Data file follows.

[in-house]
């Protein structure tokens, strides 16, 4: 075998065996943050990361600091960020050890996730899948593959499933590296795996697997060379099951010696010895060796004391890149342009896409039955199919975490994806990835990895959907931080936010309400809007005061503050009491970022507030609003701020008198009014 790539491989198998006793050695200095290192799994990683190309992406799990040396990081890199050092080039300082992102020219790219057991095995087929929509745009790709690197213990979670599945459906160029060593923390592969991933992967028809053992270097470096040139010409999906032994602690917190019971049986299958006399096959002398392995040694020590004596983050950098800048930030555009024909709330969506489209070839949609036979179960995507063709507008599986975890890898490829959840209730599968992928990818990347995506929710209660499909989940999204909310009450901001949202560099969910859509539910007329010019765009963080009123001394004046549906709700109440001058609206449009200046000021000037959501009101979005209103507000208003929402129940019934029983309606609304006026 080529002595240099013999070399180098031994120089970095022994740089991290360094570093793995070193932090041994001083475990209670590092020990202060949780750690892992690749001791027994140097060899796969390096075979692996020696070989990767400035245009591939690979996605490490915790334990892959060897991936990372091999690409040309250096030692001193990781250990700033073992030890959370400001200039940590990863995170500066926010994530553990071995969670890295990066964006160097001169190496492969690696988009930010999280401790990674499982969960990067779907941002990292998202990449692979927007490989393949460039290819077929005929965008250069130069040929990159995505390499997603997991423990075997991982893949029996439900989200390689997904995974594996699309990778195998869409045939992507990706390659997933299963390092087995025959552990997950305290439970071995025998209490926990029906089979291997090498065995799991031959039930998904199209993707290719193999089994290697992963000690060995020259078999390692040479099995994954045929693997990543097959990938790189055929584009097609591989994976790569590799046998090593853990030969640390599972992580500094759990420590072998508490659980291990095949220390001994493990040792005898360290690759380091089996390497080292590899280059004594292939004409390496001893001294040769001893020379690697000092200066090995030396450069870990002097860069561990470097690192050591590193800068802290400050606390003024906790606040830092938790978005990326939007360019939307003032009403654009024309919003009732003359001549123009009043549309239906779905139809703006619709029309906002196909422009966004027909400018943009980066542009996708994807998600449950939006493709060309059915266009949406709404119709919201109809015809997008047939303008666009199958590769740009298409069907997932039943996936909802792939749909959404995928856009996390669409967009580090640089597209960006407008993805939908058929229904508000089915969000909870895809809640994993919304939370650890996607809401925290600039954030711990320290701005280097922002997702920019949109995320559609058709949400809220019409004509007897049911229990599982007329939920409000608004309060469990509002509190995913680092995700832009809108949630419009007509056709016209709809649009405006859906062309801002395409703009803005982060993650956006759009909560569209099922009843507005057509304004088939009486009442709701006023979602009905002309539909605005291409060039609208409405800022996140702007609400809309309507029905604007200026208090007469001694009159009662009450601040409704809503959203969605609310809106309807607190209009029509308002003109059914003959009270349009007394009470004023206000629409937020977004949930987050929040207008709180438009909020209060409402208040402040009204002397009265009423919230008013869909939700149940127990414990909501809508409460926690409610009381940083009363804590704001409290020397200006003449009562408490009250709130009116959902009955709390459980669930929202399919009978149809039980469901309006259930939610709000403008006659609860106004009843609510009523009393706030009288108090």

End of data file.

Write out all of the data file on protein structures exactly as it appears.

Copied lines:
[in-house]
């Protein structure tokens, strides 16, 4: 075998065996943050990361600091960020050890996730899948593959499933590296795996697997060379099951010696010895060796004391890149342009896409039955199919975490994806990835990895959907931080936010309400809007005061503050009491970022507030609003701020008198009014 790539491989198998006793050695200095290192799994990683190309992406799990040396990081890199050092080039300082992102020219790219057991095995087929929509745009790709690197213990979670599945459906160029060593923390592969991933992967028809053992270097470096040139010409999906032994602690917190019971049986299958006399096959002398392995040694020590004596983050950098800048930030555009024909709330969506489209070839949609036979179960995507063709507008599986975890890898490829959840209730599968992928990818990347995506929710209660499909989940999204909310009450901001949202560099969910859509539910007329010019765009963080009123001394004046549906709700109440001058609206449009200046000021000037959501009101979005209103507000208003929402129940019934029983309606609304006026 080529002595240099013999070399180098031994120089970095022994740089991290360094570093793995070193932090041994001083475990209670590092020990202060949780750690892992690749001791027994140097060899796969390096075979692996020696070989990767400035245009591939690979996605490490915790334990892959060897991936990372091999690409040309250096030692001193990781250990700033073992030890959370400001200039940590990863995170500066926010994530553990071995969670890295990066964006160097001169190496492969690696988009930010999280401790990674499982969960990067779907941002990292998202990449692979927007490989393949460039290819077929005929965008250069130069040929990159995505390499997603997991423990075997991982893949029996439900989200390689997904995974594996699309990778195998869409045939992507990706390659997933299963390092087995025959552990997950305290439970071995025998209490926990029906089979291997090498065995799991031959039930998904199209993707290719193999089994290697992963000690060995020259078999390692040479099995994954045929693997990543097959990938790189055929584009097609591989994976790569590799046998090593853990030969640390599972992580500094759990420590072998508490659980291990095949220390001994493990040792005898360290690759380091089996390497080292590899280059004594292939004409390496001893001294040769001893020379690697000092200066090995030396450069870990002097860069561990470097690192050591590193800068802290400050606390003024906790606040830092938790978005990326939007360019939307003032009403654009024309919003009732003359001549123009009043549309239906779905139809703006619709029309906002196909422009966004027909400018943009980066542009996708994807998600449950939006493709060309059915266009949406709404119709919201109809015809997008047939303008666009199958590769740009298409069907997932039943996936909802792939749909959404995928856009996390669409967009580090640089597209960006407008993805939908058929229904508000089915969000909870895809809640994993919304939370650890996607809401925290600039954030711990320290701005280097922002997702920019949109995320559609058709949400809220019409004509007897049911229990599982007329939920409000608004309060469990509002509190995913680092995700832009809108949630419009007509056709016209709809649009405006859906062309801002395409703009803005982060993650956006759009909560569209099922009843507005057509304004088939009486009442709701006023979602009905002309539909605005291409060039609208409405800022996140702007609400809309309507029905604007200026208090007469001694009159009662009450601040409704809503959203969605609310809106309807607190209009029509308002003109059914003959009270349009007394009470004023206000629409937020977004949930987050929040207008709180438009909020209060409402208040402040009204002397009265009423919230008013869909939700149940127990414990909501809508409460926690409610009381940083009363804590704001409290020397200006003449009562408490009250709130009116959902009955709390459980669930929202399919009978149809039980469901309006259930939610709000403008006659609860106004009843609510009523009393706030009288108090």